I often think a lot about professional learning, and this week’s #EDUin30 question is asking about what that could look like (here is the response to the question). Although I have not received any responses as of yet, a lot people will talk about things like EdCamp, MakerSpaces, TeachMeet, and other ideas for really pushing professional learning. I even wrote about the topic in my posts regarding 8 Things to Look for in Today’s Professional Learning, and honestly, “lecture” never made the cut.
So why has “lecture” become a bad word in education today?
Personally, I love a good lecture. If it evokes story and brings out emotion, I feel that it can not only connect with me in that moment, but for a long time after. My favourite professor in university (by far), was someone who actually probably didn’t know my name, and never set up any learning experiences that you often hear about in education today, yet I learned so much from him because of the way he told stories. Although his subject was 20th century history, he connected so much of his own life to the things that he discussed. It prompted me to major in history, and I still have a love of the topic today. It was because of that professor who lectured.
I have heard the quote, “the person who is doing the talking, is usually doing the learning”, yet think of how untrue it is in the situation of that professor. He knew his stuff already, and I didn’t, yet I would write no notes, but think about what he had said for days after. That being said, I also remember many professors in the area of history who lectured and bored me to tears. They shared facts, but didn’t tell stories, which elicited no emotion from myself. I didn’t feel something, I was less likely to learn. I remember seeing one keynote who within the first few minutes of their talk encouraged people to discuss with someone beside them a certain topic, and I remember thinking, “I just want to hear a good story and listen to someone who helps me make a connection.” Should I feel bad that I didn’t want to dive into my “own” learning at this time and just want to be inspired by learning something new?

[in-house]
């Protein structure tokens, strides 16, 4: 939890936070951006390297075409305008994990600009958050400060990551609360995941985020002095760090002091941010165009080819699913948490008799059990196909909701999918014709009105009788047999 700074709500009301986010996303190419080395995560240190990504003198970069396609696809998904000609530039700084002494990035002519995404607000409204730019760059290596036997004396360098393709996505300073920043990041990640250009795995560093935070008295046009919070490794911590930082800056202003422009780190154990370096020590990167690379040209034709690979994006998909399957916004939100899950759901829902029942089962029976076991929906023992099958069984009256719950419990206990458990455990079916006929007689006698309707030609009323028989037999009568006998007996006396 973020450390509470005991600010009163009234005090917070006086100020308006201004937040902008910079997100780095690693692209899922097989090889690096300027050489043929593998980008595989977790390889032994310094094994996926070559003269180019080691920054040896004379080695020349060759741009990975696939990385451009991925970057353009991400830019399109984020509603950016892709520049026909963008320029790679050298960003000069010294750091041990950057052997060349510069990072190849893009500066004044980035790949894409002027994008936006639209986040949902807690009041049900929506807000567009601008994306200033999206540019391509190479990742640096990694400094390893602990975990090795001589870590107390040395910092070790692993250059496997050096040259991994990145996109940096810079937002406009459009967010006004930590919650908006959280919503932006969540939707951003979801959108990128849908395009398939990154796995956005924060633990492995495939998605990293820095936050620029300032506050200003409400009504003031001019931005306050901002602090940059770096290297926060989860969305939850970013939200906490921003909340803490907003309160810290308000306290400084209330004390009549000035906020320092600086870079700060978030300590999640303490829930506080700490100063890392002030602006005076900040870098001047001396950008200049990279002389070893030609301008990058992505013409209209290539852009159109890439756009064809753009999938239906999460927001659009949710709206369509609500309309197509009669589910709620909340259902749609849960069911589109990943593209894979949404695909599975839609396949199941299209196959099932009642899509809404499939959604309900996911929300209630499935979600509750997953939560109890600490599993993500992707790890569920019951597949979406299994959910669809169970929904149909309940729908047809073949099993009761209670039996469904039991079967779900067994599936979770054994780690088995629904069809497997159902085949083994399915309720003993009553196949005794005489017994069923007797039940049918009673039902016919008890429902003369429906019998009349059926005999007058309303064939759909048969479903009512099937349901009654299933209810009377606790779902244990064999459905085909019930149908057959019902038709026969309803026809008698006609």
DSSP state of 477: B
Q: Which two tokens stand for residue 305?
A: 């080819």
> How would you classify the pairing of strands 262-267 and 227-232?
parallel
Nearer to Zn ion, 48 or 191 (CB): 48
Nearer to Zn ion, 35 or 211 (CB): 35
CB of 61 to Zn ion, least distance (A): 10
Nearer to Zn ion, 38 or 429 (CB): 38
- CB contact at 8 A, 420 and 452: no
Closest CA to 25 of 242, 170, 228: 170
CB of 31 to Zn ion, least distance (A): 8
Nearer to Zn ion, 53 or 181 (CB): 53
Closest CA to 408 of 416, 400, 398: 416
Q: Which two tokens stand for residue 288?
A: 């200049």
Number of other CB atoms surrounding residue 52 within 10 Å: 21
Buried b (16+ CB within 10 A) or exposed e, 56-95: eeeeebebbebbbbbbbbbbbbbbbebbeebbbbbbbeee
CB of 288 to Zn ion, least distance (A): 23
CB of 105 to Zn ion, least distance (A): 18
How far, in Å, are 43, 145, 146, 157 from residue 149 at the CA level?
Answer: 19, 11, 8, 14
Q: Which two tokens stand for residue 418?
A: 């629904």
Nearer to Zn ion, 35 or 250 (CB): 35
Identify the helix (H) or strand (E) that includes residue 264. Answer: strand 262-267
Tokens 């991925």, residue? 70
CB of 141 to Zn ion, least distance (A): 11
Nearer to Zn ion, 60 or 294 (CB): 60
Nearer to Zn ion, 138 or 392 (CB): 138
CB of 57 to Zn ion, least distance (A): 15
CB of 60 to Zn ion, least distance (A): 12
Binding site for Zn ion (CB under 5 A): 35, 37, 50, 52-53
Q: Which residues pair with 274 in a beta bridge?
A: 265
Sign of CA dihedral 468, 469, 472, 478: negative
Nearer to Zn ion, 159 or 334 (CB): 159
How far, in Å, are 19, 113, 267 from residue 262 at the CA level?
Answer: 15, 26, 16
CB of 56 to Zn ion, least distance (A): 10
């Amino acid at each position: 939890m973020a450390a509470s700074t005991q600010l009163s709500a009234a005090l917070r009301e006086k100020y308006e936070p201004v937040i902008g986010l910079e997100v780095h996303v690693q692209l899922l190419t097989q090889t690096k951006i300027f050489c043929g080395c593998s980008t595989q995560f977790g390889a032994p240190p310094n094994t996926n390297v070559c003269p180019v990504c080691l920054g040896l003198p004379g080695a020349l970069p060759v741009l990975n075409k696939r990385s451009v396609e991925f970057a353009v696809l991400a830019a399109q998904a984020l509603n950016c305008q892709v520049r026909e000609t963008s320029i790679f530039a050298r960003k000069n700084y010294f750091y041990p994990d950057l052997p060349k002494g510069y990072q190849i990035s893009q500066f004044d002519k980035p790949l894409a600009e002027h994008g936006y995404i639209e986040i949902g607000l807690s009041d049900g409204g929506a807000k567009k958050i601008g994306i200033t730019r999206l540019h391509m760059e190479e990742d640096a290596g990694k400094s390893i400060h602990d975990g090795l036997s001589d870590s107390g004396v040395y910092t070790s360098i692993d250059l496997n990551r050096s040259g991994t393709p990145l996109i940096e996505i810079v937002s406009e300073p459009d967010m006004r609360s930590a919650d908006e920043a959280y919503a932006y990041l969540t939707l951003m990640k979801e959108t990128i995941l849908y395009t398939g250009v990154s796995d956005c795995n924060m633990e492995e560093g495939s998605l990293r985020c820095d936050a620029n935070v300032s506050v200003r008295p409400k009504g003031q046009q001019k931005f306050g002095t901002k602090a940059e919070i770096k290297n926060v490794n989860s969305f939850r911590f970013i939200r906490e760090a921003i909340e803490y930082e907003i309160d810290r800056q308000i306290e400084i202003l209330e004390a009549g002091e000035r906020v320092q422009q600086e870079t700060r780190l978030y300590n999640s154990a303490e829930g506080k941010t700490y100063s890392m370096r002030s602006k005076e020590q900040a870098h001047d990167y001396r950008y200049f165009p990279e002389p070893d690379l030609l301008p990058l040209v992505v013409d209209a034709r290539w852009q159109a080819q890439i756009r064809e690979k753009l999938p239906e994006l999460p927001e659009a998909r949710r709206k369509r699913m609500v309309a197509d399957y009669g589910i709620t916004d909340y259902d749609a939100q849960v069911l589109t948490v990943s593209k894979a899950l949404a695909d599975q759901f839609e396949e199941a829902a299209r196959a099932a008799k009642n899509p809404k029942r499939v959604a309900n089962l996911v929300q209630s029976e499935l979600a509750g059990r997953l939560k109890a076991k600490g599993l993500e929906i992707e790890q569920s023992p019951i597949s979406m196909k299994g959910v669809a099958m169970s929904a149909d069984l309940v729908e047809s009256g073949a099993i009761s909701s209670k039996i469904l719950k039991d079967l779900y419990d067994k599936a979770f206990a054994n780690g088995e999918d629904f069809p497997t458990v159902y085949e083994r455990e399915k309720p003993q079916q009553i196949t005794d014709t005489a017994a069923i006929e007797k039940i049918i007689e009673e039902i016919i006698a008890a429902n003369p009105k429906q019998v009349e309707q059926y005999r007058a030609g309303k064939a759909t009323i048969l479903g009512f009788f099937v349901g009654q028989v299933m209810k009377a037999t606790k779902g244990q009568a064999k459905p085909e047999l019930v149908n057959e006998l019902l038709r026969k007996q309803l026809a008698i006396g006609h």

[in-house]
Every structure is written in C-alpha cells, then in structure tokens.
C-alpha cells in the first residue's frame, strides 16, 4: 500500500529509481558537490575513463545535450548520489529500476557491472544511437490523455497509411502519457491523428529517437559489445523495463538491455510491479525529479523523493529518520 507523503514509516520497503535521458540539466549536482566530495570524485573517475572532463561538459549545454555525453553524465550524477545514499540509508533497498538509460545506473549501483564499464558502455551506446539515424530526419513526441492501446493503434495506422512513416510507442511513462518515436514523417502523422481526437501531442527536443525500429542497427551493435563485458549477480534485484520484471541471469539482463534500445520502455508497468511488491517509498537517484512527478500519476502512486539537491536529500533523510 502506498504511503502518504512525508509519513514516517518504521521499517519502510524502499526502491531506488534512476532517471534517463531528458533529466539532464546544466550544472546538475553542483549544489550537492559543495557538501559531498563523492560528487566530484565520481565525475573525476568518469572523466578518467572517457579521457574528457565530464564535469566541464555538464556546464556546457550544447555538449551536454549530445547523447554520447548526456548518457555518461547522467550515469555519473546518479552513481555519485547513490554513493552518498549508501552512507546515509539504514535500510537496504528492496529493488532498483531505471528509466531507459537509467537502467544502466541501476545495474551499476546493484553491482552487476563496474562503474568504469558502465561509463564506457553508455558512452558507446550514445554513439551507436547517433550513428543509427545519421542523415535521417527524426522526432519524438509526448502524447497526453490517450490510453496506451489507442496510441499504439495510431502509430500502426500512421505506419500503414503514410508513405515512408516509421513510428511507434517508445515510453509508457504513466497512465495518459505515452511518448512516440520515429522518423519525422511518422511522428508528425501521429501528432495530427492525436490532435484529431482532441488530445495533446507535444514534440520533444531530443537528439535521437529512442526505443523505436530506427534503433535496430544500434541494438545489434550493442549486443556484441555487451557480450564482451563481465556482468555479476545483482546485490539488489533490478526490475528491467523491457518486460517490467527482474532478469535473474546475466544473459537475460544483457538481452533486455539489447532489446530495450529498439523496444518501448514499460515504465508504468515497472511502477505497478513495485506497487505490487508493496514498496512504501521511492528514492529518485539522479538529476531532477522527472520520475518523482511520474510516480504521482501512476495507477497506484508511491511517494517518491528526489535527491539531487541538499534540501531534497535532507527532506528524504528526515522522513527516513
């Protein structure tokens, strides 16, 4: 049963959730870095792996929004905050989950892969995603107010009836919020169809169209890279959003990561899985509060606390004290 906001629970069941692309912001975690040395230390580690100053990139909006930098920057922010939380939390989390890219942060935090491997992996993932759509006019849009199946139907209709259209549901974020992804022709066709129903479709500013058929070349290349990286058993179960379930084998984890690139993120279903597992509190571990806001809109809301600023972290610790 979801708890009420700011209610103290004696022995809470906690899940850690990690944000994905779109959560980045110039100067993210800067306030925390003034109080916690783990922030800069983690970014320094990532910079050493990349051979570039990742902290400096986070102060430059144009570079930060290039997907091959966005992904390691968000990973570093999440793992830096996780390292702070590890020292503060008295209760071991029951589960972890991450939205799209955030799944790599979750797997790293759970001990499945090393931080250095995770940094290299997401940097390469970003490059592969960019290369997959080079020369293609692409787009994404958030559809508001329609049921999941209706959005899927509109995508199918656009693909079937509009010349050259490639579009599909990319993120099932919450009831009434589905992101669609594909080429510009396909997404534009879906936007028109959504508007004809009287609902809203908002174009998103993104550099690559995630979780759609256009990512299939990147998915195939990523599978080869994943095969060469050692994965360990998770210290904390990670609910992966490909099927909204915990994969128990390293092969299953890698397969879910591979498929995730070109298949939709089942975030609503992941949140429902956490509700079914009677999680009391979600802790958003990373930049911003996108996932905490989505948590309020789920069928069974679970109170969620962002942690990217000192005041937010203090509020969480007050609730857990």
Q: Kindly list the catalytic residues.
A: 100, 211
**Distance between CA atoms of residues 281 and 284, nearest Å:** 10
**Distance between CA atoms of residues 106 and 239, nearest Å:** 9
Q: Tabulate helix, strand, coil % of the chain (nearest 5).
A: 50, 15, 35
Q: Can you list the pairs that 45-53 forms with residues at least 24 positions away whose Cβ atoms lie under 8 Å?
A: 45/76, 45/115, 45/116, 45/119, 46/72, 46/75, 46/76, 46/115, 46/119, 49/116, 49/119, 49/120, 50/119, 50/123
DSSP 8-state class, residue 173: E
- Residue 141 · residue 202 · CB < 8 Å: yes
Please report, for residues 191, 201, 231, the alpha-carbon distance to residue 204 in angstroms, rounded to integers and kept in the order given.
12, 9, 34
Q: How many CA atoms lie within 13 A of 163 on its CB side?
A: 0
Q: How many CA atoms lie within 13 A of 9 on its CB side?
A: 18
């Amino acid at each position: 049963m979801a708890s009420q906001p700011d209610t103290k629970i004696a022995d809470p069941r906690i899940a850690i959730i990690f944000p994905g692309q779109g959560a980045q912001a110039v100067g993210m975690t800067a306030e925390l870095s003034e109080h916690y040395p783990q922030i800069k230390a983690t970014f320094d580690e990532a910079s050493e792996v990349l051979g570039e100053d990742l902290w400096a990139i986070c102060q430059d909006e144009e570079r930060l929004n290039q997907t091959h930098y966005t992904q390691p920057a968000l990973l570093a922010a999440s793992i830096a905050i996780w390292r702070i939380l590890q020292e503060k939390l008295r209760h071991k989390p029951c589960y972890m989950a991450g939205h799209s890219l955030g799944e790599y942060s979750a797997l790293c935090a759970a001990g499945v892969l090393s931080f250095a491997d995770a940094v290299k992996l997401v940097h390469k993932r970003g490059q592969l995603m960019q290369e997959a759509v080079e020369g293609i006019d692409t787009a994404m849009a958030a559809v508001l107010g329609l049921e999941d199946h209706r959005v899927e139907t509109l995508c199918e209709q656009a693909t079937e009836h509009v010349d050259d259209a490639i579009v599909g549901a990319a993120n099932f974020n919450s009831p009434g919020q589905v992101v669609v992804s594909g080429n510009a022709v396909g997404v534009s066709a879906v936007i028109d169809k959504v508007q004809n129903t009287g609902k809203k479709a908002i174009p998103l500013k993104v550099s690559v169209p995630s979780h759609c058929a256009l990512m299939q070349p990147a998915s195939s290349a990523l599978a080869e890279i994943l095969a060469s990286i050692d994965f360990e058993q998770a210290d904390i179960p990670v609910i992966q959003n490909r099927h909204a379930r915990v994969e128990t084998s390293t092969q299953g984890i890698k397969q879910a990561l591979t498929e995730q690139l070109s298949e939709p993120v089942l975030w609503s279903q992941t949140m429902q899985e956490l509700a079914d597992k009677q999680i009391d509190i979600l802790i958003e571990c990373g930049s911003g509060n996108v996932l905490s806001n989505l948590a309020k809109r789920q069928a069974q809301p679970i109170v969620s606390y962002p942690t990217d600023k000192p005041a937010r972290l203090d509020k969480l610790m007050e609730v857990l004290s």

My own feelings on this topic, might not be true for everyone. Some might feel that hearing a story just doesn’t connect with them in any way. But I will also tell you, that the “maker spaces” I have seen do not connect with myself either. This doesn’t mean I don’t believe they are powerful learning opportunities for others, but it just reminds me that learning is a very personal thing, and for us to say something is “bad”, might only mean that we don’t see the relevance for learning in our own situations.
Anything done too much, will lose it’s impact. This could be true of any type of learning. Variety is powerful, but what works for you, doesn’t mean it works for someone else and we have to remember that sitting and hearing a great story, can make a huge impact on learning. A great lecture is like an art form, and making a personal connection to content, helps others do the same for themselves.
“Telling someone about your experience breathes new life into it, moving it out of the inchoate swirl of unconsciousness into reality. It takes on form and allows us to examine it from all angles.” – Mandy Aftel
There is still some value in a great lecture and a powerful story. Let’s not forget about that.